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28 November 2013

From the archive: Doris Lessing’s London diary

The girl at the laundry is getting married next week. She says she found him at the marriage bureau.

By Doris Lessing

An American friend is absorbed in that occupation so fascinating to all us foreigners when we first arrive in this island – an empirical study of the class system. Engaged in painting the Universities and Left Review coffee house, he often travels in paintstained clothes, when he is treated with camaraderie by workmen, and as if he does not exist by the well dressed. Back in respectable clothes, he is a sir, another person. I once wrote in a book review that the caste system in this country was as complicated as that of India. I had 37 indignant letters saying that class distinctions had been killed in the Second World War. They were all from middle class people.

A man told me this story of the last war, when he was simultaneously one of the managers of a large factory outside London and Communist Party organiser for the area. Three times a week he changed into workmen’s clothes and stood at the factory gates speechifying. The other managers, beside whom he worked all day, would drive out past him at a couple of yards’ distance, but none of them ever recognised him: they simply didn’t see him because he was wearing different clothes. And it was the same with the workmen who saw him every day in his capacity as boss. One of them did once remark that he could swear he “knew his face from somewhere”. My friend, torn apart by this Jekyll and Hyde existence, tried to explain, but the man would not believe him.


The girl at the laundry is getting married next week. She says she found him at the marriage bureau – he fits her much better than those boys she used to pick up at the Palais. She tried out seven applicants before she found one to suit. But marriage bureaux work in more devious ways than perhaps they know.

I once lived in the next room to a girl, waitress at Lyons, who was in love with the manager of the restaurant across the street. He had been playing her up, so she decided to make him jealous. She visited the bureau demanding “a handsome dark man, aged 25, five foot ten”. The lady at the bureau was distressed at Betty’s frivolous attitude, even came to visit her at home so as to explain that happy wedlock did not depend on good looks. Betty was tolerant about this, conceding that she meant well. Meanwhile, handsome dark young men came to tea with Betty on those afternoons when Steven the manager was due to pass by. Everyone’s plans miscarried. Steven was jealous, but too much so: Betty turned him down because she couldn’t be happy with a man as unreasonable as all that. Two of the bureau’s candidates took to her, but she couldn’t fully take to men who had to go through an office to find themselves girls. She married a boy she had known since childhood – tall, dark and extremely handsome, but because, she said, she was “used to him”.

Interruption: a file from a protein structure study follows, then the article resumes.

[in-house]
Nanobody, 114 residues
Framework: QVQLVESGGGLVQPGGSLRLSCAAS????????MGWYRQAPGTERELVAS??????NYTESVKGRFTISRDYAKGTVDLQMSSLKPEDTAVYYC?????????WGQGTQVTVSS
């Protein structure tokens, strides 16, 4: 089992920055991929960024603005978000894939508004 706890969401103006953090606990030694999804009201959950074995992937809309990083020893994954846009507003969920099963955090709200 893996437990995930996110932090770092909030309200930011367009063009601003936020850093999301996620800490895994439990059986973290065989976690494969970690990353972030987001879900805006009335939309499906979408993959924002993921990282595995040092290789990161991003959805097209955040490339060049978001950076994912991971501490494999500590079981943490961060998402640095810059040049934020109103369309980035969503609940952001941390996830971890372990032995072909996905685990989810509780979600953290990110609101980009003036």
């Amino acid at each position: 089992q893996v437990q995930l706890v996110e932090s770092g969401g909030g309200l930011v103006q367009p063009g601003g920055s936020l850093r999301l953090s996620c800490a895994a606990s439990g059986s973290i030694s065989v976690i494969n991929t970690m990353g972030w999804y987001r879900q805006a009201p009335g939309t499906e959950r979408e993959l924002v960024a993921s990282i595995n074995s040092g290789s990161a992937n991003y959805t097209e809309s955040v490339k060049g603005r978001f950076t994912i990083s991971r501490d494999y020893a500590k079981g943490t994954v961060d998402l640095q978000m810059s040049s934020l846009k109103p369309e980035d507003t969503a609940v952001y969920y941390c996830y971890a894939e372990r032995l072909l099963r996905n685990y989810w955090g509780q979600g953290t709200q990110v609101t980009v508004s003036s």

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My son has flu, rather too intensely. He, like myself, is accomplished in the pleasures of hypochondria and has decided his temperature is too high for real enjoyment. “About 100° is what I like,” he says, and I agree with him. While we wait for his temperature to fall to a pleasurable level, his remarks hover on the borders of sense.

Do I agree, he asks, with the man who says that the Tube is like a pea-shooter?

“What tube?” – my mind being full of bronchials.

“The Underground – all those people like peas blown in at one end and flying out the other.”

“People,” I say, severely maintaining the humanist position, “are not like peas, not ever. They are people.”

Meanwhile the Warwick Road, grey and damp with winter, roaring with great lorries, remains sulking outside. A red fire engine gongs its way past.

“Is it true that lions would live in England if it was hot?”

“Who said so?”

“The man at the bus stop.”

“What makes you think of lions now?”

“The fire engine, it makes me think of lions, when I cough I sound like a lazy lion. I like the thoughts I have when I’m sick. What’s going to happen to the thoughts I’m having in this room when we leave? Will they stay here and get into the minds of the people who come?”

“Certainly not,” I say, delivering a short but unprincipled anti-idealist lecture.

“Well, then, they’ll go rippling out over London into the sky and out and out . . . What happens when they collide with the waves that come from the hydrogen bombs?”


Like every right-minded woman I disapprove of Dr Johnson, and even the one remark he made I do like is hard to hold fast to in March. Yet the streets of London can always be relied upon for entertainment. It was snowing, so I tied a scarf over my head to go shopping. In the supermarket I was stopped by a couple of girls who announced themselves as members of an association to brighten Britain, particularly in its standard of dress. If I didn’t mind them saying so, I was fine as far as the shoulders, but would I please give them my word I would never again, in the national interest, wear a headscarf?

Last year a visiting Russian writer borrowed an umbrella for a visit to Hyde Park, and was approached by a couple of men from the League for the Correct Furling of Umbrellas – or some such title. The Russian said that he deduced from this incident that Engels’s estimate of the British character was still valid.

This is an extract of an article that appeared in the NS on 22 March 1958. Doris Lessing died on 17 November 2013, aged 94